The Untold Truth Of Bruce Arians

As January 2021 comes to a close, Tampa Bay Buccaneers and Kansas City Chiefs are preparing to play against each other in Super Bowl LV. This is the Chiefs' second year in a row fighting for the coveted Lombardi trophy and the team's fourth try in its franchise history, per CBS. The upcoming game marks the second Super Bowl appearance ever for The Bucs.

As the Chiefs look to hold their title as Super Bowl champions for the second year in a row, many are excited to see if Tom Brady can lead his team to its second Super Bowl victory and his seventh career win. Meanwhile, Buccaneers' head coach, Bruce Arians, is hoping to see his dreams turn into reality. When the Bucs hired Tom Brady, praised as one of the best quarterbacks in NFL history, Arians was blunt about his goal to win a championship with the help of the NFL star. "He is a proven winner who will provide the leadership, accountability and work ethic necessary to lead us to our goal of winning another championship," he said in a statement, per NBC Sports.

Arians, who will be 68 years old at the time of Super Bowl LV, said that one trophy won't be enough for him, though. "I'm going for two. There's no doubt," he told 95.3 WDAE on Jan. 27, 2021, per ESPN. With a long career behind him with no signs of slowing down, let's take a look at the untold truth of Bruce Arians.

Bruce Arians has been coaching in the NFL since 1989

Bruce Arians' whole life has been centered around football. He attended college at Virginia Tech where he played the game and held the record for most rushing touchdowns in one season by a quarterback in Virginia Tech's history until 2016 when Jeron Evans took the lead, per the Bucs' official website. His coaching career began immediately after graduating when he accepted a graduate assistant role coaching his alma mater's team in 1975.

Arians' NFL career began in 1989 as the running backs coach for the Kansas City Chiefs, per Head Coach Ranking. He then held various coach and coordinator positions for NFL teams like the New Orleans Saints, the Indianapolis Colts, the Cleveland Browns, and the Pittsburgh Steelers. He headed the Arizona Cardinals starting in 2013 and completely turned the team around, per ESPN. During his four years coaching the Cardinals, he became known as a coach who was "harsh when needed and fatherly" when appropriate, according to ESPN. The publication also noted his stand-out personality, which was full of talking, laughing, and cursing.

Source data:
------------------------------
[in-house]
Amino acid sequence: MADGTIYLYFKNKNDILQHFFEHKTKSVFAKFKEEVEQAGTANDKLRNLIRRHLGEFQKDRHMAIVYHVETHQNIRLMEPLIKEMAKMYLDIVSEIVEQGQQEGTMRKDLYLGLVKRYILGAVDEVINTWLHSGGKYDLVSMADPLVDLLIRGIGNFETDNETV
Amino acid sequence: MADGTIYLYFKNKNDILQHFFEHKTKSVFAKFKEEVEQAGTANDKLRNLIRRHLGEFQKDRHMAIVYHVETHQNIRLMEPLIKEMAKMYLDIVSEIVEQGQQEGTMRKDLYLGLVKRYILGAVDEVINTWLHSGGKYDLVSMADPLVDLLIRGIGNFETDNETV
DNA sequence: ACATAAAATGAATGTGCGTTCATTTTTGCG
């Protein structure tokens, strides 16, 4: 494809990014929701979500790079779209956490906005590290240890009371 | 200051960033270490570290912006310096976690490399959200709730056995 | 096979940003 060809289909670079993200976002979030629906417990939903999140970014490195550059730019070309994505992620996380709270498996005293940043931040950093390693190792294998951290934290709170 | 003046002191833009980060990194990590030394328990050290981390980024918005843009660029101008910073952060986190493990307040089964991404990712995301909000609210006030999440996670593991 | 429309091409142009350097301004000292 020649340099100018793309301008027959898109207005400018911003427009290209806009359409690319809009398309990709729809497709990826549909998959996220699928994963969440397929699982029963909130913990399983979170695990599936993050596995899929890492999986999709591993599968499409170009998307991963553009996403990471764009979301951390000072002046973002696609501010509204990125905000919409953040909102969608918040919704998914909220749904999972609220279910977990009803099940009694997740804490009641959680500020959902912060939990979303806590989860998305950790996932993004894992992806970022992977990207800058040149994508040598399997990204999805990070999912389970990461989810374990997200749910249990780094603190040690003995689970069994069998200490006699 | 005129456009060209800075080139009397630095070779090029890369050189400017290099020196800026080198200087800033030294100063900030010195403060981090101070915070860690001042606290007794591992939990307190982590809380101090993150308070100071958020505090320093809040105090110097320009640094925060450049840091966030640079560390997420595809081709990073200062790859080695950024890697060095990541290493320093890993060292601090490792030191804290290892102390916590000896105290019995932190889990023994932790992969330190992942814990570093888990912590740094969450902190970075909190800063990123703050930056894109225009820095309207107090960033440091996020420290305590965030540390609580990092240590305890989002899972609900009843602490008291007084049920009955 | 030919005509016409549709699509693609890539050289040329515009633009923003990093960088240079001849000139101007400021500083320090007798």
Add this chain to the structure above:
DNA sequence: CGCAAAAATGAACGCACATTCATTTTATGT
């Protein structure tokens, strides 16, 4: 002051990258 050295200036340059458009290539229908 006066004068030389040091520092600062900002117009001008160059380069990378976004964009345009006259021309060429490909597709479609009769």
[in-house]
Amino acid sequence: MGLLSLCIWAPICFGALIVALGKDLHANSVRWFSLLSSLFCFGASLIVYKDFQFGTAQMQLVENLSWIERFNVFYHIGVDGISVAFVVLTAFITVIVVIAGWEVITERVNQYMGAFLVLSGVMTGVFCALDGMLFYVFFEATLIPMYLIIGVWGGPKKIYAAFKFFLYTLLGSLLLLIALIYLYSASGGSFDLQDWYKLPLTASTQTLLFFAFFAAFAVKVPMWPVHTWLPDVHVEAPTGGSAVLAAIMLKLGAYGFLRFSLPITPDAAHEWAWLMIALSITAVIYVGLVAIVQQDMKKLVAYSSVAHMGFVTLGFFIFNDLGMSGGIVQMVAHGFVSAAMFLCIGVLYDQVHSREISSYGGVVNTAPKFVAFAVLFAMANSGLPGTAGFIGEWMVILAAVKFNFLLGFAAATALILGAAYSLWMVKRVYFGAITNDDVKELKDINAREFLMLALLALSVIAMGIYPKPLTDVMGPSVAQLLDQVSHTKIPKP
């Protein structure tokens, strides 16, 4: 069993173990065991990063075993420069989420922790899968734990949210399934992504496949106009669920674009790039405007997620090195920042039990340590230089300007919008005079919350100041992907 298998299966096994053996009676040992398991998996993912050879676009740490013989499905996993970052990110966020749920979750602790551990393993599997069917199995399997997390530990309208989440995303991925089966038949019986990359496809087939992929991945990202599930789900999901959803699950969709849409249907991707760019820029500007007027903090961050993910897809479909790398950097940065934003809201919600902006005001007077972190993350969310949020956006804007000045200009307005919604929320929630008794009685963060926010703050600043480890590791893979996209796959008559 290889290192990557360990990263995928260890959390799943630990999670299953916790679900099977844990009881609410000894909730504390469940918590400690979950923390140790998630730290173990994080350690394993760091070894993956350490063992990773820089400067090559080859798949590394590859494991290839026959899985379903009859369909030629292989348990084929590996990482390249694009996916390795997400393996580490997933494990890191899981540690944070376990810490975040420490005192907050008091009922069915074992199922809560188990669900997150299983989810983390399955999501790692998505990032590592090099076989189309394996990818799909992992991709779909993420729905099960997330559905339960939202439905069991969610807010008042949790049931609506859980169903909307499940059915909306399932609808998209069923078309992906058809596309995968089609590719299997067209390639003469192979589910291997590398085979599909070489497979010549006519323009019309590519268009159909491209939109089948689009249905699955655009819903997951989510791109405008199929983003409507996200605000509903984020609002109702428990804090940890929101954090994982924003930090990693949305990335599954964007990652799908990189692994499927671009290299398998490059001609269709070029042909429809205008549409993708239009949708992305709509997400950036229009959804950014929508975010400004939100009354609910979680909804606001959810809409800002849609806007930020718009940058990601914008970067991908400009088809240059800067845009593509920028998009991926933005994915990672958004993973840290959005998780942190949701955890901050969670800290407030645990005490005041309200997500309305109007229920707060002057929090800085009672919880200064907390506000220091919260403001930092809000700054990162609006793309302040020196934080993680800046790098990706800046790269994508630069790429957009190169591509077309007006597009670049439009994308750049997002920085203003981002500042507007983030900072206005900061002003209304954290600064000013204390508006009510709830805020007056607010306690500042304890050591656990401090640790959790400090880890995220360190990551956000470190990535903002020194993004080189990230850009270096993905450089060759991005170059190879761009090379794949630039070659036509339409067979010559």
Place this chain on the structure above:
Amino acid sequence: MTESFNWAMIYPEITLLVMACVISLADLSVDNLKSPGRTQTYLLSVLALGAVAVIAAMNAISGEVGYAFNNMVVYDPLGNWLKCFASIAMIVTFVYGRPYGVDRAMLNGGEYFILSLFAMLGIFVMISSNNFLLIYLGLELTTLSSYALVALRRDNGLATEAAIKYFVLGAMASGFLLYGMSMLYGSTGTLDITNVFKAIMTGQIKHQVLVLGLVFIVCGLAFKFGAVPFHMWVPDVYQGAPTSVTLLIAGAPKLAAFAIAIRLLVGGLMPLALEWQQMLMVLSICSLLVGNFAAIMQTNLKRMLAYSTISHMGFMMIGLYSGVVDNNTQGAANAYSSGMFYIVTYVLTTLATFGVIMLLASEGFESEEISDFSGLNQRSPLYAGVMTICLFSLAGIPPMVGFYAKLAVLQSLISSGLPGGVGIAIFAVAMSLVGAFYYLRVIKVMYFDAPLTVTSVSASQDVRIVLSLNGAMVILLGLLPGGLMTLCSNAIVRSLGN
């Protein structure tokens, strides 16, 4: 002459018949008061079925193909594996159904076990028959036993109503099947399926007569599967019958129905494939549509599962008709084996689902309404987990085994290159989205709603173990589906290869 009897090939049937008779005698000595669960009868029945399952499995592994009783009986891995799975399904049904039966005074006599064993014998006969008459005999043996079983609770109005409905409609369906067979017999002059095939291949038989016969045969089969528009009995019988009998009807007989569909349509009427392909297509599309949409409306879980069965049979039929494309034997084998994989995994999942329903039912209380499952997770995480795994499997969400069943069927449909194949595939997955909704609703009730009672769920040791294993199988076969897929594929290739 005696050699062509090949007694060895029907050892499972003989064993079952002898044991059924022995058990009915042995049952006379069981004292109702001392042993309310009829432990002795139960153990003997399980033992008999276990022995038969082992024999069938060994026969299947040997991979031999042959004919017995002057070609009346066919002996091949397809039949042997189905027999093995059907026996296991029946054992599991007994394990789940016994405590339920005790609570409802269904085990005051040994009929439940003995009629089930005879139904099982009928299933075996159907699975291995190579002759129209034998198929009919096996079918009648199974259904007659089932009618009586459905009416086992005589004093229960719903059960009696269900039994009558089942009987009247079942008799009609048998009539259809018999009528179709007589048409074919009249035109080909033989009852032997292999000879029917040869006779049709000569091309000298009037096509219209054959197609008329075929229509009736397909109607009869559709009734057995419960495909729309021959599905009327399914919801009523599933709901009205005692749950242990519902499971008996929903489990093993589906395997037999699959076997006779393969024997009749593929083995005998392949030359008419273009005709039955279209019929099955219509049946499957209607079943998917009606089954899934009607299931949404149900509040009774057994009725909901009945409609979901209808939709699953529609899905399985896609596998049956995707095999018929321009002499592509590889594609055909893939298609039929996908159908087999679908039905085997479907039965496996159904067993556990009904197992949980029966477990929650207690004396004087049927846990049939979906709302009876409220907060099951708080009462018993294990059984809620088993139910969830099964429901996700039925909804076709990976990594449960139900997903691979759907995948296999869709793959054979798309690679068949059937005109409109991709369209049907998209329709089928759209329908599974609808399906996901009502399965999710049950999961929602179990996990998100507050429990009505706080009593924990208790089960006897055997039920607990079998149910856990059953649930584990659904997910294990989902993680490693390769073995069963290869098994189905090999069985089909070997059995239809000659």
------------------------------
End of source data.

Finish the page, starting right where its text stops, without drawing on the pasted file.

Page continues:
Arians retired from the Cardinals after the 2017 season following a cancer diagnosis and related health concerns, per The Tampa Bay Times. However, he found himself with better health and a coaching deal in front of him, and rejoined the NFL as the head coach of the Tampa Bay Buccaneers in 2019.

Bruce Arians won't let his health concerns stop him

Bruce Arians retired from the Arizona Cardinals due to his renal cell carcinoma diagnosis in 2018 (per USA Today), but that wasn't the first time he had a major health scare. Arians had been treated for cancer twice before: Once in 2007 for prostate cancer and once in 2013 when he had to get cancerous cells removed from his nose, per Bleacher Report.

With Super Bowl LV being in a closed stadium, Arians told The Tampa Bay Times in January 2020 that he is a bit concerned about coronavirus, considering he has a higher risk factor due to his previous bouts with cancer. However, he won't let health concerns stop him from potentially clutching a Super Bowl win. "I got to be real careful," he said. "I'll probably double with a mask and a (face) shield. You know, because I already had my scare out there (in Arizona) once a couple of years ago." He went on to explain how adaptive and disciplined his team is.

Just like he is focusing on his goal to make it to the Super Bowl, he is also sticking to his safety precautions to assure he stays healthy and in coaching shape. "For me personally, I've got a plan and I just have to be smart enough to stay with it," he confirmed.